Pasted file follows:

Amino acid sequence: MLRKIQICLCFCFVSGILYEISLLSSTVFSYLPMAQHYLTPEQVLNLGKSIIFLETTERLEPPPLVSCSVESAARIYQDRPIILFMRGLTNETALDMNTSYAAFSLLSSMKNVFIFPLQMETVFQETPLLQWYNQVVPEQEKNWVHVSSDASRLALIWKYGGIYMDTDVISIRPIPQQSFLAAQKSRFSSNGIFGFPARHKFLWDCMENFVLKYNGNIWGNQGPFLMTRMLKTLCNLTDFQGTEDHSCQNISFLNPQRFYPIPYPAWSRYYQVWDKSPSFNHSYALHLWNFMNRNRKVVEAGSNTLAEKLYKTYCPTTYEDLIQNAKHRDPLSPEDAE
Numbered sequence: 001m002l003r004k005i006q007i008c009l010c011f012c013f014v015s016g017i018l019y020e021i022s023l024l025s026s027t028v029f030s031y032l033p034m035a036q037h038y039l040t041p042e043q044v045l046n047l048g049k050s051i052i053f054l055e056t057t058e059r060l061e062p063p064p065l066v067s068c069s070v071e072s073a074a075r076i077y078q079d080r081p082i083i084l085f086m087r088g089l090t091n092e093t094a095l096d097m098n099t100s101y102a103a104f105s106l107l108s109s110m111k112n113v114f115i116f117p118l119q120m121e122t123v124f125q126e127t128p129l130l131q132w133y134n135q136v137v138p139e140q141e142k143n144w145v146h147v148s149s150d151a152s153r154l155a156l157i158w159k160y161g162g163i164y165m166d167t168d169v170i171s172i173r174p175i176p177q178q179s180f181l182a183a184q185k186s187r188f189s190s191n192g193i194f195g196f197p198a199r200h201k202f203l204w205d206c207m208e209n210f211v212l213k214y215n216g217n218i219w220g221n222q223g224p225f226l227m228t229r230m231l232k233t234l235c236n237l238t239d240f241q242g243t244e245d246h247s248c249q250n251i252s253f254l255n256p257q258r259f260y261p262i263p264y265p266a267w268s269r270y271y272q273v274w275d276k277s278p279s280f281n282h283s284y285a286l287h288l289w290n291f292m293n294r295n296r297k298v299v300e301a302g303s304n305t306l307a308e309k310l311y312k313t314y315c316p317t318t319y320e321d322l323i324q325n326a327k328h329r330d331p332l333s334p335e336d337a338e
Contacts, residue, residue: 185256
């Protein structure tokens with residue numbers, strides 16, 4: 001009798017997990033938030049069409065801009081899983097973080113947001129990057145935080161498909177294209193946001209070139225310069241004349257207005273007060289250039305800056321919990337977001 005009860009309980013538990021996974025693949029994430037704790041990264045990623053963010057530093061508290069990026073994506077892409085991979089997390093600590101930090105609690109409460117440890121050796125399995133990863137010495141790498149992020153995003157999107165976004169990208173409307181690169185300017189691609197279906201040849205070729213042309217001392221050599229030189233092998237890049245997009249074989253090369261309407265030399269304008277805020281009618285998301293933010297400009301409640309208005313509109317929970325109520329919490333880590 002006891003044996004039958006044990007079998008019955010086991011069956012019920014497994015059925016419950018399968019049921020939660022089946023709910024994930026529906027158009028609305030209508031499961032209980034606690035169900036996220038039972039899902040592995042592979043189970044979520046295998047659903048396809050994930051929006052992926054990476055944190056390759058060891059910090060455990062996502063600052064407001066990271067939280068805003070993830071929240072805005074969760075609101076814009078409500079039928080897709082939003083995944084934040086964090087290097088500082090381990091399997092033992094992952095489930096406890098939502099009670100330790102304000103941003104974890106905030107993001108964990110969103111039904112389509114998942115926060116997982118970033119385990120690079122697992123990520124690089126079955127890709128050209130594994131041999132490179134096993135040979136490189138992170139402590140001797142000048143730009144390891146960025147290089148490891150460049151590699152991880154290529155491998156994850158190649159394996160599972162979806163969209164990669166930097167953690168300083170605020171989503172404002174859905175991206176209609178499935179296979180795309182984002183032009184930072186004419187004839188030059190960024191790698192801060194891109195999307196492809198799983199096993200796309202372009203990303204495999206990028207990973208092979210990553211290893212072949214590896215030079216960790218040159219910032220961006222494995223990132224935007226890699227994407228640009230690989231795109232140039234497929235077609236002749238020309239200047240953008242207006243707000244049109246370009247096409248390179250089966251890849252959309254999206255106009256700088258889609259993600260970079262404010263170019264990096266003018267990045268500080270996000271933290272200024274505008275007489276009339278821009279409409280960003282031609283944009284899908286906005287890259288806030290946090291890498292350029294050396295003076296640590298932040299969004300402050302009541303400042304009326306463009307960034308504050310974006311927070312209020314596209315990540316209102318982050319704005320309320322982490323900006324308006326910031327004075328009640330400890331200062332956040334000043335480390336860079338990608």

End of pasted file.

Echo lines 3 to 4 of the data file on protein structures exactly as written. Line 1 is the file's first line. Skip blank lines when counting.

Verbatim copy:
Contacts, residue, residue: 185256
């Protein structure tokens with residue numbers, strides 16, 4: 001009798017997990033938030049069409065801009081899983097973080113947001129990057145935080161498909177294209193946001209070139225310069241004349257207005273007060289250039305800056321919990337977001 005009860009309980013538990021996974025693949029994430037704790041990264045990623053963010057530093061508290069990026073994506077892409085991979089997390093600590101930090105609690109409460117440890121050796125399995133990863137010495141790498149992020153995003157999107165976004169990208173409307181690169185300017189691609197279906201040849205070729213042309217001392221050599229030189233092998237890049245997009249074989253090369261309407265030399269304008277805020281009618285998301293933010297400009301409640309208005313509109317929970325109520329919490333880590 002006891003044996004039958006044990007079998008019955010086991011069956012019920014497994015059925016419950018399968019049921020939660022089946023709910024994930026529906027158009028609305030209508031499961032209980034606690035169900036996220038039972039899902040592995042592979043189970044979520046295998047659903048396809050994930051929006052992926054990476055944190056390759058060891059910090060455990062996502063600052064407001066990271067939280068805003070993830071929240072805005074969760075609101076814009078409500079039928080897709082939003083995944084934040086964090087290097088500082090381990091399997092033992094992952095489930096406890098939502099009670100330790102304000103941003104974890106905030107993001108964990110969103111039904112389509114998942115926060116997982118970033119385990120690079122697992123990520124690089126079955127890709128050209130594994131041999132490179134096993135040979136490189138992170139402590140001797142000048143730009144390891146960025147290089148490891150460049151590699152991880154290529155491998156994850158190649159394996160599972162979806163969209164990669166930097167953690168300083170605020171989503172404002174859905175991206176209609178499935179296979180795309182984002183032009184930072186004419187004839188030059190960024191790698192801060194891109195999307196492809198799983199096993200796309202372009203990303204495999206990028207990973208092979210990553211290893212072949214590896215030079216960790218040159219910032220961006222494995223990132224935007226890699227994407228640009230690989231795109232140039234497929235077609236002749238020309239200047240953008242207006243707000244049109246370009247096409248390179250089966251890849252959309254999206255106009256700088258889609259993600260970079262404010263170019264990096266003018267990045268500080270996000271933290272200024274505008275007489276009339278821009279409409280960003282031609283944009284899908286906005287890259288806030290946090291890498292350029294050396295003076296640590298932040299969004300402050302009541303400042304009326306463009307960034308504050310974006311927070312209020314596209315990540316209102318982050319704005320309320322982490323900006324308006326910031327004075328009640330400890331200062332956040334000043335480390336860079338990608």